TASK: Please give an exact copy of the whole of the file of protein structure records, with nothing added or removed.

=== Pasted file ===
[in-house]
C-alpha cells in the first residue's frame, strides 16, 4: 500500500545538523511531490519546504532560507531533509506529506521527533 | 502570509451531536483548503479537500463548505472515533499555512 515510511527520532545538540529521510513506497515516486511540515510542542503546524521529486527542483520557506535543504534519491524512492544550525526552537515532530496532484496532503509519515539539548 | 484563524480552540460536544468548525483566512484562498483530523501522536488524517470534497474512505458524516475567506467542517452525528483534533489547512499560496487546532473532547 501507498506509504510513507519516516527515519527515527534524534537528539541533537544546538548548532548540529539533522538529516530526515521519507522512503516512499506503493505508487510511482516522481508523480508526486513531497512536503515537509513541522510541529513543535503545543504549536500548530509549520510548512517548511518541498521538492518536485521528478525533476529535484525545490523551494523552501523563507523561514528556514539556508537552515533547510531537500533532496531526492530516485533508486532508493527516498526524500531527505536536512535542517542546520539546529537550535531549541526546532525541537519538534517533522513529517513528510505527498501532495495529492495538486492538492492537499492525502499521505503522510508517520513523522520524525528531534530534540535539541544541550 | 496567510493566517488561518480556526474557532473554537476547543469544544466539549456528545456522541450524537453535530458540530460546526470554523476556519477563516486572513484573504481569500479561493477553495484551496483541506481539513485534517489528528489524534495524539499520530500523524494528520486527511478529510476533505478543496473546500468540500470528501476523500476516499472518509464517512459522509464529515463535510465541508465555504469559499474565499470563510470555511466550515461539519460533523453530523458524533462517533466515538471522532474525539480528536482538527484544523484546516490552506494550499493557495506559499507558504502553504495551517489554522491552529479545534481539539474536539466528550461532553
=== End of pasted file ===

[in-house]
C-alpha cells in the first residue's frame, strides 16, 4: 500500500545538523511531490519546504532560507531533509506529506521527533 | 502570509451531536483548503479537500463548505472515533499555512 515510511527520532545538540529521510513506497515516486511540515510542542503546524521529486527542483520557506535543504534519491524512492544550525526552537515532530496532484496532503509519515539539548 | 484563524480552540460536544468548525483566512484562498483530523501522536488524517470534497474512505458524516475567506467542517452525528483534533489547512499560496487546532473532547 501507498506509504510513507519516516527515519527515527534524534537528539541533537544546538548548532548540529539533522538529516530526515521519507522512503516512499506503493505508487510511482516522481508523480508526486513531497512536503515537509513541522510541529513543535503545543504549536500548530509549520510548512517548511518541498521538492518536485521528478525533476529535484525545490523551494523552501523563507523561514528556514539556508537552515533547510531537500533532496531526492530516485533508486532508493527516498526524500531527505536536512535542517542546520539546529537550535531549541526546532525541537519538534517533522513529517513528510505527498501532495495529492495538486492538492492537499492525502499521505503522510508517520513523522520524525528531534530534540535539541544541550 | 496567510493566517488561518480556526474557532473554537476547543469544544466539549456528545456522541450524537453535530458540530460546526470554523476556519477563516486572513484573504481569500479561493477553495484551496483541506481539513485534517489528528489524534495524539499520530500523524494528520486527511478529510476533505478543496473546500468540500470528501476523500476516499472518509464517512459522509464529515463535510465541508465555504469559499474565499470563510470555511466550515461539519460533523453530523458524533462517533466515538471522532474525539480528536482538527484544523484546516490552506494550499493557495506559499507558504502553504495551517489554522491552529479545534481539539474536539466528550461532553